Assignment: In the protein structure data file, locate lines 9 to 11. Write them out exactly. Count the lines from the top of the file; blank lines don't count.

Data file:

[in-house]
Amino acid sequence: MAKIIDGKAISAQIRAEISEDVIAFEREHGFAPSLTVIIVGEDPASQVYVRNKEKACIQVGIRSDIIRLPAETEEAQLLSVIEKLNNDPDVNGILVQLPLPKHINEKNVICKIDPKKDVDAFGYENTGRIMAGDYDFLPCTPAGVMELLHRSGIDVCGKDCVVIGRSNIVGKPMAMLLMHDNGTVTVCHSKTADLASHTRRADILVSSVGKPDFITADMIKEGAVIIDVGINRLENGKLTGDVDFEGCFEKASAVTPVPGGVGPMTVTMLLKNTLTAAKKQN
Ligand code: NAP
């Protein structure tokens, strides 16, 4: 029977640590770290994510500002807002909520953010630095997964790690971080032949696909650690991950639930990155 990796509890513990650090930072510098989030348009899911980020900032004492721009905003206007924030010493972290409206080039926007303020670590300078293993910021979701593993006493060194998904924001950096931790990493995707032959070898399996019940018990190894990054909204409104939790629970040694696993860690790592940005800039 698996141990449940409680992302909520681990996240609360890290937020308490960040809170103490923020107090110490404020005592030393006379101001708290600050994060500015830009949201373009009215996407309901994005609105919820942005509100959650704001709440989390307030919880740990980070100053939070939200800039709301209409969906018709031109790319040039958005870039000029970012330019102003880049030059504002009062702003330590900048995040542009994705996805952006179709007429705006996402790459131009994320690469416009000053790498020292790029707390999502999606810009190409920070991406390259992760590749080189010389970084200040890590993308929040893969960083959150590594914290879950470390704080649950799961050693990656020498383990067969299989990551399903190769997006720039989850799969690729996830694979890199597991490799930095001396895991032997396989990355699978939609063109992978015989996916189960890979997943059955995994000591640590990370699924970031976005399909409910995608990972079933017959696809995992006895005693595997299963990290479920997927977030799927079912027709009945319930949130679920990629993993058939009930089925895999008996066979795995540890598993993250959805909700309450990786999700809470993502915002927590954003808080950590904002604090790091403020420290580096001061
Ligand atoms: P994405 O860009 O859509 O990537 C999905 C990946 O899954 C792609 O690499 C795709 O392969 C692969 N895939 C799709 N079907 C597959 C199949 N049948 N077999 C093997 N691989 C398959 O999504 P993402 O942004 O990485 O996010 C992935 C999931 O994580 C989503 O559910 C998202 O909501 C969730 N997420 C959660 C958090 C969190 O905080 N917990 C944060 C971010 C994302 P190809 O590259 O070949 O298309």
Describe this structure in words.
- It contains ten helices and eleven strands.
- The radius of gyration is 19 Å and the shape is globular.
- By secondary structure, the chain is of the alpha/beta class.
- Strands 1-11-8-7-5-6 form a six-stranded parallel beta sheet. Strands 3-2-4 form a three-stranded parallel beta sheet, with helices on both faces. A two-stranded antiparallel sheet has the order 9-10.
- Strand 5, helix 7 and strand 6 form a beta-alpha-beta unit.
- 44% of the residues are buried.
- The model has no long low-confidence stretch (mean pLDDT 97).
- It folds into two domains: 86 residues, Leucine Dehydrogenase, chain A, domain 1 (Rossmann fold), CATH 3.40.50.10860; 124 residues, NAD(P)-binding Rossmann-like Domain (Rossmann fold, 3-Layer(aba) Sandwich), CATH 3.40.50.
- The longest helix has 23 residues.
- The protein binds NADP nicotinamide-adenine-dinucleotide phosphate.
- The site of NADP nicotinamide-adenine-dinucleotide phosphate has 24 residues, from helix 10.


- By secondary structure, the chain is of the alpha/beta class.
- Strands 1-11-8-7-5-6 form a six-stranded parallel beta sheet. Strands 3-2-4 form a three-stranded parallel beta sheet, with helices on both faces. A two-stranded antiparallel sheet has the order 9-10.
- Strand 5, helix 7 and strand 6 form a beta-alpha-beta unit.